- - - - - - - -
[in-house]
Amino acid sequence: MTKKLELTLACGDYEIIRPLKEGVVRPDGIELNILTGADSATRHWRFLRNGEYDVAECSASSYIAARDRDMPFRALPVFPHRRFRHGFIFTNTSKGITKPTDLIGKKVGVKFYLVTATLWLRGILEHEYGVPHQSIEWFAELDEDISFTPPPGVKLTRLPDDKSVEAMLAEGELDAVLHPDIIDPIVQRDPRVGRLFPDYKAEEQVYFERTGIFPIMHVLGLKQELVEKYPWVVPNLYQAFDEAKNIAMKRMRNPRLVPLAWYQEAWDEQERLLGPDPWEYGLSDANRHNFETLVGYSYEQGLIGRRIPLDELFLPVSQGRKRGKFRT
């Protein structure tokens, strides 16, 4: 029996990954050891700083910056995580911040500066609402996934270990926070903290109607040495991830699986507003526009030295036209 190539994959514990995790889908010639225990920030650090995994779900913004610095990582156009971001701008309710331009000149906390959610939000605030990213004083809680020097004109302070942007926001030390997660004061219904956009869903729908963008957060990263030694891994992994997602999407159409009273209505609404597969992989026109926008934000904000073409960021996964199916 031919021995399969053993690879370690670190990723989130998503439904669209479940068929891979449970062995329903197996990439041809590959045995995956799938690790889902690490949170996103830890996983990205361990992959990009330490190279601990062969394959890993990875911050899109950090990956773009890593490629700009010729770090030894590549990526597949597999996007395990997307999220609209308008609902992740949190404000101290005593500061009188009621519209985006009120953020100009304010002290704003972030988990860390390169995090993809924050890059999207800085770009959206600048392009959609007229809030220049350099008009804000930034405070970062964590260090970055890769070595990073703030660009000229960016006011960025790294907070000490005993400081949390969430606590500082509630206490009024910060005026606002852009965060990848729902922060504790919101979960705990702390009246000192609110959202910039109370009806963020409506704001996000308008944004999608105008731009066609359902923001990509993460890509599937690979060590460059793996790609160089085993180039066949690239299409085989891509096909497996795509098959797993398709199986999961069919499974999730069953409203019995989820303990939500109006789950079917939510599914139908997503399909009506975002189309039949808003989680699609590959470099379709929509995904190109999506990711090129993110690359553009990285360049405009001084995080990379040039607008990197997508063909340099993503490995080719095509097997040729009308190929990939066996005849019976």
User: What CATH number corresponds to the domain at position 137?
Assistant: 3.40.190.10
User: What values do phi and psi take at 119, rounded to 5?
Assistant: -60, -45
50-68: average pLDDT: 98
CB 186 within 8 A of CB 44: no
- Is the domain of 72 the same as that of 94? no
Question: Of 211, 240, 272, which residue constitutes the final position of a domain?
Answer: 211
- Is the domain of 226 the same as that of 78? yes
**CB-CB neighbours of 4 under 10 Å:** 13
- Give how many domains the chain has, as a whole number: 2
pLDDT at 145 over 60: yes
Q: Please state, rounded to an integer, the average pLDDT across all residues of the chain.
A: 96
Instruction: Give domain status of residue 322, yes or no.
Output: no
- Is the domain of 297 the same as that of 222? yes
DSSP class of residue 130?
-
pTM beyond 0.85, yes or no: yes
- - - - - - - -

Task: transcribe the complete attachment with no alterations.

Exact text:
[in-house]
Amino acid sequence: MTKKLELTLACGDYEIIRPLKEGVVRPDGIELNILTGADSATRHWRFLRNGEYDVAECSASSYIAARDRDMPFRALPVFPHRRFRHGFIFTNTSKGITKPTDLIGKKVGVKFYLVTATLWLRGILEHEYGVPHQSIEWFAELDEDISFTPPPGVKLTRLPDDKSVEAMLAEGELDAVLHPDIIDPIVQRDPRVGRLFPDYKAEEQVYFERTGIFPIMHVLGLKQELVEKYPWVVPNLYQAFDEAKNIAMKRMRNPRLVPLAWYQEAWDEQERLLGPDPWEYGLSDANRHNFETLVGYSYEQGLIGRRIPLDELFLPVSQGRKRGKFRT
């Protein structure tokens, strides 16, 4: 029996990954050891700083910056995580911040500066609402996934270990926070903290109607040495991830699986507003526009030295036209 190539994959514990995790889908010639225990920030650090995994779900913004610095990582156009971001701008309710331009000149906390959610939000605030990213004083809680020097004109302070942007926001030390997660004061219904956009869903729908963008957060990263030694891994992994997602999407159409009273209505609404597969992989026109926008934000904000073409960021996964199916 031919021995399969053993690879370690670190990723989130998503439904669209479940068929891979449970062995329903197996990439041809590959045995995956799938690790889902690490949170996103830890996983990205361990992959990009330490190279601990062969394959890993990875911050899109950090990956773009890593490629700009010729770090030894590549990526597949597999996007395990997307999220609209308008609902992740949190404000101290005593500061009188009621519209985006009120953020100009304010002290704003972030988990860390390169995090993809924050890059999207800085770009959206600048392009959609007229809030220049350099008009804000930034405070970062964590260090970055890769070595990073703030660009000229960016006011960025790294907070000490005993400081949390969430606590500082509630206490009024910060005026606002852009965060990848729902922060504790919101979960705990702390009246000192609110959202910039109370009806963020409506704001996000308008944004999608105008731009066609359902923001990509993460890509599937690979060590460059793996790609160089085993180039066949690239299409085989891509096909497996795509098959797993398709199986999961069919499974999730069953409203019995989820303990939500109006789950079917939510599914139908997503399909009506975002189309039949808003989680699609590959470099379709929509995904190109999506990711090129993110690359553009990285360049405009001084995080990379040039607008990197997508063909340099993503490995080719095509097997040729009308190929990939066996005849019976």
User: What CATH number corresponds to the domain at position 137?
Assistant: 3.40.190.10
User: What values do phi and psi take at 119, rounded to 5?
Assistant: -60, -45
50-68: average pLDDT: 98
CB 186 within 8 A of CB 44: no
- Is the domain of 72 the same as that of 94? no
Question: Of 211, 240, 272, which residue constitutes the final position of a domain?
Answer: 211
- Is the domain of 226 the same as that of 78? yes
**CB-CB neighbours of 4 under 10 Å:** 13
- Give how many domains the chain has, as a whole number: 2
pLDDT at 145 over 60: yes
Q: Please state, rounded to an integer, the average pLDDT across all residues of the chain.
A: 96
Instruction: Give domain status of residue 322, yes or no.
Output: no
- Is the domain of 297 the same as that of 222? yes
DSSP class of residue 130?
-
pTM beyond 0.85, yes or no: yes